Hunt Club Estate, 4 BR + study home featuring open plan design. Huge backyard, double garage with internal & rear access + URL alfresco. Full ENS, ducted heated, evaporative cooling, s/s appliances including dishwasher & a huge 900ml oven! Fixed Date Sale Tuesday 21st May 6pm (if not sold prior) Inspect Saturday 3:00pm Agent Kate Linden 0417 525 437

31-33 Main Street Narre Warren North

39 Viewgrand Drive Berwick

2/8 William Street Cranbourne

8 Rebecca Court Cranbourne North

This Is Modern Living!!

Big Block - Huge Home - Gigantic Garage!

Living In Luxury

You Will Not Be Disappointed!

4 BRs all with BIRs, 2 bathrooms plus powder room & 3 impressive living zones. Reverse cycle heating & cooling, double glazed windows, gas log fire heating, impeccable kitchen & ducted vacuum. 692m2 block, oversized double garage & alfresco area. Fixed Date Sale Tuesday 28th May 6pm (if not sold prior) Inspect Saturday 1:00pm Agent Keith Sloan 0409 708 706

Approx. 723sqm, 4 BR Porter Davis home, with a park across the street. Ducted heating & cooling, multiple living areas inc. theatre room! Alfresco area URL with DBL mains gas BBQ’s, triple garage with rear & side access. WIR & ENS to master & huge backyard. Fixed Date Sale Tuesday 28th May 6pm (if not sold prior) Inspect Saturday 3:00pm Agent Adam Congiu 0400 760 873

BRAND NEW 2 BR town home, entertainers kitchen with dishwasher overlooking the spacious meals & family room. With luxury fittings including ducted heating, s/s appliances, dishwasher, remote garage door with internal access, landscaping & even a clothesline! For Sale Price Offers Over $299,000 Inspect Saturday 1:00pm Agent Kate Linden 0417 525 437

Located in a quiet family friendly court, 3 large BRs, full ENS & WIR to master, 2 bright spacious living areas, gas heating, wall mounted air conditioner & well appointed kitchen. Spacious & secure backyard, fantastic outdoor entertaining area & large double garage. For Sale Price $319,000 Inspect Saturday 12 noon Agent Andy Reid 0451 085 998

8 Oak Post Place Cranbourne East

41 Gregson Grove Lyndhurst

5 Burgan Court Cranbourne West

69 Station Creek Way Botanic Ridge

Great Opportunity To Get Into The Hunt Club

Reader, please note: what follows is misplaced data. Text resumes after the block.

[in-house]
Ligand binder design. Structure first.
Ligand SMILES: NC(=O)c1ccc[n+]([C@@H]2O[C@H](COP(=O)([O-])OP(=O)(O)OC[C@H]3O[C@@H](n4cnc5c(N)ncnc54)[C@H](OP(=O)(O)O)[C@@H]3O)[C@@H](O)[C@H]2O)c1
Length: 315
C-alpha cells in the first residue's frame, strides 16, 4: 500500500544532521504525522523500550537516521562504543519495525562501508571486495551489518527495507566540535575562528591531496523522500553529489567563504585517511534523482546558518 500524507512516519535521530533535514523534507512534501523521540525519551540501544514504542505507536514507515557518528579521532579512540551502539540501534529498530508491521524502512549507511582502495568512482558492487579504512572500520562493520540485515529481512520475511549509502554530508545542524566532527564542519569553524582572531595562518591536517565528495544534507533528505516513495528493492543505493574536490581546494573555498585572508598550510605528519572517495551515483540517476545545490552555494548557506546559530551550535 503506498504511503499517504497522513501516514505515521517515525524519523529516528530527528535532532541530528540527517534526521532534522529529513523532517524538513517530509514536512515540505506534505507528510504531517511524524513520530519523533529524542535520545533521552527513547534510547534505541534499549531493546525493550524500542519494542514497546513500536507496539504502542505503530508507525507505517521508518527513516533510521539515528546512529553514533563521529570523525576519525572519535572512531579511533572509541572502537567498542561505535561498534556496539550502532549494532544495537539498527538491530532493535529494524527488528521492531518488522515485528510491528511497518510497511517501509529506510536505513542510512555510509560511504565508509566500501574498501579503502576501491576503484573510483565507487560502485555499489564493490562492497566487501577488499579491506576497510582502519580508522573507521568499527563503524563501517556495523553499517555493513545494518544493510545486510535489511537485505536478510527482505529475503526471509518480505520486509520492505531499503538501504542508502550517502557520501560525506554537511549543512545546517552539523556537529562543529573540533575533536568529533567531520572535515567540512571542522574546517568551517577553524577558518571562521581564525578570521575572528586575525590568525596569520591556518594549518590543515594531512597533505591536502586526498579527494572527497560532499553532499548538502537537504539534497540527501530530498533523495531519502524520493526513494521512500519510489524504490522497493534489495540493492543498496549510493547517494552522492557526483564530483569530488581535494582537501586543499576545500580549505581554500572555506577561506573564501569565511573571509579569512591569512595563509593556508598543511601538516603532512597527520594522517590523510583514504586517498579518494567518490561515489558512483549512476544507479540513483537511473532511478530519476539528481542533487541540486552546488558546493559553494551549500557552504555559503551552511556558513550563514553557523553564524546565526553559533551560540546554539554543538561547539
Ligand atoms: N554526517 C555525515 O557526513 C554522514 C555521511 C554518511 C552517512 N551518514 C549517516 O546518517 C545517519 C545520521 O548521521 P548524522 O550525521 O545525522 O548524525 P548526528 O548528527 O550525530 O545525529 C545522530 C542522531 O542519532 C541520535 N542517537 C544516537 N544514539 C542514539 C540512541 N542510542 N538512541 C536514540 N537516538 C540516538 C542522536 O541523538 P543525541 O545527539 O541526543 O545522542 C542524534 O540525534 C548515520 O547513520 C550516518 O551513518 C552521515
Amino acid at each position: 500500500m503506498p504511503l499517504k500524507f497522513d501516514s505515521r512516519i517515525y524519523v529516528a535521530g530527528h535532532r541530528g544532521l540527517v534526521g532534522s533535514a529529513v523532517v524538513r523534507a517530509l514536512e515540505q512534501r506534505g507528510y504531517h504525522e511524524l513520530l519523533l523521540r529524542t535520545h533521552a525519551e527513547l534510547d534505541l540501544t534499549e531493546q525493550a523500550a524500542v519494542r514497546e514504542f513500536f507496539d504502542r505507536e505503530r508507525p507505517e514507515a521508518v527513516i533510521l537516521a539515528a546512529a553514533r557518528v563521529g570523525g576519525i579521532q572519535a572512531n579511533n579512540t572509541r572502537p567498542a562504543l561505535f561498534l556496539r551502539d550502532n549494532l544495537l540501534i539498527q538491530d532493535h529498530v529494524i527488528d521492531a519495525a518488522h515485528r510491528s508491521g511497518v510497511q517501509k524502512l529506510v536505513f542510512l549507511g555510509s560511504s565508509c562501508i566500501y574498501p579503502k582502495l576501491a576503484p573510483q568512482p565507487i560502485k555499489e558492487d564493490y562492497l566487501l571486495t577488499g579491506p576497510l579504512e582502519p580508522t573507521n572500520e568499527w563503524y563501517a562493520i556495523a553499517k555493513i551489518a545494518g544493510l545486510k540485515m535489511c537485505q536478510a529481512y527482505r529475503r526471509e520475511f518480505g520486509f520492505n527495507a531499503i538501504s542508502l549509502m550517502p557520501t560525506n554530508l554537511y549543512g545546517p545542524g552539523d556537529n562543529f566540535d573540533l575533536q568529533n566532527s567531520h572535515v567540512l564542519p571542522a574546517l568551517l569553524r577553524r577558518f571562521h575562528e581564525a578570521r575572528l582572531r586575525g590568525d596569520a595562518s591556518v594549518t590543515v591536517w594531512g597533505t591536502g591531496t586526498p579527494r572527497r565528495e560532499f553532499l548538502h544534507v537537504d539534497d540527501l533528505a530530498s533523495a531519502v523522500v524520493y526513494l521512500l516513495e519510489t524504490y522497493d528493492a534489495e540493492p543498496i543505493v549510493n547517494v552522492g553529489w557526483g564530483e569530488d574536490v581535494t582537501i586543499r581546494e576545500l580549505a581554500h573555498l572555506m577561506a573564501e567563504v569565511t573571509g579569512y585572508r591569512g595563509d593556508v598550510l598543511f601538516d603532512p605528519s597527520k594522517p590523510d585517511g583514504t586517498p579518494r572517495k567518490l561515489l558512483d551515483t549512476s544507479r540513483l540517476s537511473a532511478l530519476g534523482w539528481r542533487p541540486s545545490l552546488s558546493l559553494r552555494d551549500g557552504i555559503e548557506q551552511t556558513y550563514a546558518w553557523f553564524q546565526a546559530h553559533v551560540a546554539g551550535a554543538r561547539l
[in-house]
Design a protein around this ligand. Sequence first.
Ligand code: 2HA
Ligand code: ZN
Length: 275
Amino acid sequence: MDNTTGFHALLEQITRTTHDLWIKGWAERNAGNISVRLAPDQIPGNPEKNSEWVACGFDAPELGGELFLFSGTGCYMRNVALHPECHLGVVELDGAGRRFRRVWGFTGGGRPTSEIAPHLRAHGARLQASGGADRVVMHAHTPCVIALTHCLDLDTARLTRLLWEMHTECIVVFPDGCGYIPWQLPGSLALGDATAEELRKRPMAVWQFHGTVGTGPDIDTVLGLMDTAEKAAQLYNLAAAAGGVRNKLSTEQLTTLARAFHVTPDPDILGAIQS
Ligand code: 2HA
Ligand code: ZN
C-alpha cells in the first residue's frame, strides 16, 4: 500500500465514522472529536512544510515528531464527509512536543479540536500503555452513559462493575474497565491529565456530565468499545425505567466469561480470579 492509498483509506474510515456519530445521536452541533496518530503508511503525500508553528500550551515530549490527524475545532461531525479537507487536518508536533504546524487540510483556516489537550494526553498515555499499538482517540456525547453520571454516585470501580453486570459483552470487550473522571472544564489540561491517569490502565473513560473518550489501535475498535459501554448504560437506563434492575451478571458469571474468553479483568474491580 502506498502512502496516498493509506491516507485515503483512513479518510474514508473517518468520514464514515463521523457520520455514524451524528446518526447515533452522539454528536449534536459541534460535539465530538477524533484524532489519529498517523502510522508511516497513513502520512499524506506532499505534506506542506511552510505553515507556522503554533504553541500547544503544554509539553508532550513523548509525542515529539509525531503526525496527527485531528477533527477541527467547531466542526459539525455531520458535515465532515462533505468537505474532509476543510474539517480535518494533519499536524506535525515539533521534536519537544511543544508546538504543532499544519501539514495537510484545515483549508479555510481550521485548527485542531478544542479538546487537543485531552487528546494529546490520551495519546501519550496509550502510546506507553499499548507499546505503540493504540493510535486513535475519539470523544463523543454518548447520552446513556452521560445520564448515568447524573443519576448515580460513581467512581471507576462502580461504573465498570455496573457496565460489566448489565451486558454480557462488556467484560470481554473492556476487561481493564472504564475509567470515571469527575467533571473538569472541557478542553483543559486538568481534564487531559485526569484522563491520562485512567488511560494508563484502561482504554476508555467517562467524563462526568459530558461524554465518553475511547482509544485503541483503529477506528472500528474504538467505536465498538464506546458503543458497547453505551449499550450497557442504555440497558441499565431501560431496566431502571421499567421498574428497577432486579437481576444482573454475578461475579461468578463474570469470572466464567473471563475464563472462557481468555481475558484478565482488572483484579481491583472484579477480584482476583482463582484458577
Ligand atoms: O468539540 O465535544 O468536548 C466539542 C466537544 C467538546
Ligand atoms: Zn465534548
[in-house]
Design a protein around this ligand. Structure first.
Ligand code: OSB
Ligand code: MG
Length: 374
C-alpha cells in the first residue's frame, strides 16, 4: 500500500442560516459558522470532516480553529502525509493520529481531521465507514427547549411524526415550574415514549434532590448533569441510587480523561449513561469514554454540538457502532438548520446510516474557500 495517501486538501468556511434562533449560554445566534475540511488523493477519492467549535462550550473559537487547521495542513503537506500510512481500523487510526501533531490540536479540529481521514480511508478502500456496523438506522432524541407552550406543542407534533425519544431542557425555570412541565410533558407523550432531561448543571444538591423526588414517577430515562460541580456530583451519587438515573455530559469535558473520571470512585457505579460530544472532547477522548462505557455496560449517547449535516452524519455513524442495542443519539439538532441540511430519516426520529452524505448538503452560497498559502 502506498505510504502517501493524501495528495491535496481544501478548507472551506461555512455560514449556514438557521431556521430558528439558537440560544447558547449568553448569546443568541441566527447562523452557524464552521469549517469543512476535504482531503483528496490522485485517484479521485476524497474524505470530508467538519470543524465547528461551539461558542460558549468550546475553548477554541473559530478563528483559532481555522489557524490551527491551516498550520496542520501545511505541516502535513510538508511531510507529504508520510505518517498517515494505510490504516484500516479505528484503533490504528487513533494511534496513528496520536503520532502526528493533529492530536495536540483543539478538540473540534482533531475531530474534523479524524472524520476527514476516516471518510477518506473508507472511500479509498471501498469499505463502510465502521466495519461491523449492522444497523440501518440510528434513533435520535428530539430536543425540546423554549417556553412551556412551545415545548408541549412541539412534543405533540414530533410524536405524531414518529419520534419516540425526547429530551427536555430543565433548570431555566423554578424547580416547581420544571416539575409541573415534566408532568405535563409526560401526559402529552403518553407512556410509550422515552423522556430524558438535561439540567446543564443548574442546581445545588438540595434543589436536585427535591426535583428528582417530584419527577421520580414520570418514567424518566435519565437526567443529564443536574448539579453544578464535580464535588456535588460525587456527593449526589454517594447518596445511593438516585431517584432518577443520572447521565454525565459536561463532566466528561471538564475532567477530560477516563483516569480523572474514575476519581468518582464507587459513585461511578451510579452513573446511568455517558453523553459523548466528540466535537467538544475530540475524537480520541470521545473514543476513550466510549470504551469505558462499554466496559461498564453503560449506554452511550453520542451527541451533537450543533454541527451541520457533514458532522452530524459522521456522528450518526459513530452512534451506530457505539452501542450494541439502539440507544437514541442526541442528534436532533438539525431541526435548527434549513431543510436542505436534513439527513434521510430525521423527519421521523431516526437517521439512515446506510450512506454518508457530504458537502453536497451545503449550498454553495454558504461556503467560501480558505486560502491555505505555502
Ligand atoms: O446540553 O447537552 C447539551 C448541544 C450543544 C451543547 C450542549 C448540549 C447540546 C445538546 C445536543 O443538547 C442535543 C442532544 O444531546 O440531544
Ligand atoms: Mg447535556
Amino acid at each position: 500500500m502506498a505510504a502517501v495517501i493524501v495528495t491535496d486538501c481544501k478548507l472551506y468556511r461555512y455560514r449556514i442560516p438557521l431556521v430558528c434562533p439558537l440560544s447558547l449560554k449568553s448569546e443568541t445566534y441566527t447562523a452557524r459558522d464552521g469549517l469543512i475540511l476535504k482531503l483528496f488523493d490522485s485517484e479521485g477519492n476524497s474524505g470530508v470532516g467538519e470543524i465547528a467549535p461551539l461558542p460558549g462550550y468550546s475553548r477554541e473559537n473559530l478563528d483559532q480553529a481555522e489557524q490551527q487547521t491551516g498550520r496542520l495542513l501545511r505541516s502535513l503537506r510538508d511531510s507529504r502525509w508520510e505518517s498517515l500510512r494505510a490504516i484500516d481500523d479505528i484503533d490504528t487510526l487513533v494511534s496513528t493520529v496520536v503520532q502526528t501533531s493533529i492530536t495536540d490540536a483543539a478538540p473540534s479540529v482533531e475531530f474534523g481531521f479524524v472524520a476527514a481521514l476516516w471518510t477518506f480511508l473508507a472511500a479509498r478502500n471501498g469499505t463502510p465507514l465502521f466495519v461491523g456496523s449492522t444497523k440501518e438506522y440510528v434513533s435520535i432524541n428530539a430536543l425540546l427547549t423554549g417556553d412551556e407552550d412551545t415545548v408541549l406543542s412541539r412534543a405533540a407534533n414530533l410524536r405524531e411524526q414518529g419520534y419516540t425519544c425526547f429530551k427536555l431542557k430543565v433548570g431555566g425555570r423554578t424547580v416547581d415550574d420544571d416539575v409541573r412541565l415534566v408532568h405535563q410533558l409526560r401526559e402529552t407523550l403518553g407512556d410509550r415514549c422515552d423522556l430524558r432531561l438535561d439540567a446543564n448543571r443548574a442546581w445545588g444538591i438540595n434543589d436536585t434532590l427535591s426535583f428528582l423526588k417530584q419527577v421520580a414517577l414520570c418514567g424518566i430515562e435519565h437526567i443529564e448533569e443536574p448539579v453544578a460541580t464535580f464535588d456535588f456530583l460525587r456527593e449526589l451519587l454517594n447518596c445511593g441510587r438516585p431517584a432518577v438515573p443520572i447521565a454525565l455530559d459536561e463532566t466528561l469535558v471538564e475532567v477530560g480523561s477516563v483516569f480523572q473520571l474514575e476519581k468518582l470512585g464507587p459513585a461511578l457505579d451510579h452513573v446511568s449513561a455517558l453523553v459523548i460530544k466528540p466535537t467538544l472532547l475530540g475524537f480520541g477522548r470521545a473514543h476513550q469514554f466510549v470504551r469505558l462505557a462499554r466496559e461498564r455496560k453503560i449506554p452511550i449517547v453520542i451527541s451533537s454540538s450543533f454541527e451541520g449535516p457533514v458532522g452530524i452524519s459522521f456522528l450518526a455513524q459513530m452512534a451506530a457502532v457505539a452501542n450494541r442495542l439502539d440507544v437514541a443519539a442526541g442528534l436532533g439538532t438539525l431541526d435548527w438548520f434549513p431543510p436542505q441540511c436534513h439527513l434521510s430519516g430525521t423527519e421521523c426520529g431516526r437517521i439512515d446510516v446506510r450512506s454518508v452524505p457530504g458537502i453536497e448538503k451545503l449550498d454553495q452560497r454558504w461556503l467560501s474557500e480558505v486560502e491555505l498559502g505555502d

Welcome Home - Lifestyle & Location..

Multi-Living Excellence On 2 Storeys!

Your Family Opportunity Awaits!

Quiet court location, 3 BRs, full ENS, multiple living areas including formal lounge, floating floors & a central kitchen with an island bench. Gas heating, evap. cooling, alarm system & solar electricity. Double garage with internal access and a huge decked pergola area. For Sale Price $359,000 Inspect Saturday 1:00pm Agent Tammy Cavey 0402 789 137

Marriott Waters Estate, 3 BR Porter Davis home, full ENS & WIR to master, BIRs to other BRs, 2 separate living areas, ducted heating, s/system air conditioning, kitchen with s/s appliances & WI pantry. Decked patio area plus double garage with internal access. For Sale Price $399,000 Inspect Saturday 2:00pm Agent Steve Mencev 0425 420 456

4 BRs plus study, 3 bathrooms including an ENS to master & ENS to ground floor BR, 3 living areas, covered outside area for entertaining and separate gated access ideal for caravans. Ducted heating, s/s cooling & double garage with internal access. For Sale Price Buyers Over $420,000 Inspect Saturday 2:00pm Agent Kate Linden 0417 525 437

Highly sought after Botanic Ridge, kitchen with brand new s/s appliances & stone bench tops, large meals area, lounge area & a separate lounge. Master with WIR & huge ENS with double vanities. Hardwood floors, air con, ducted heating, 2.7 ceilings & built in alfresco. For Sale Price $495,000 Plus Inspect Saturday 3:00pm Agent Keith Sloan 0409 708 706

5996 1444

Shop 2 & 3, 207 South Gippsland Highway Cranbourne


April 22, 2013

9704 9899

5 Webb Street Narre Warren

Casey Weekly Cranbourne  

Casey Weekly Cranbourne 22-04-2013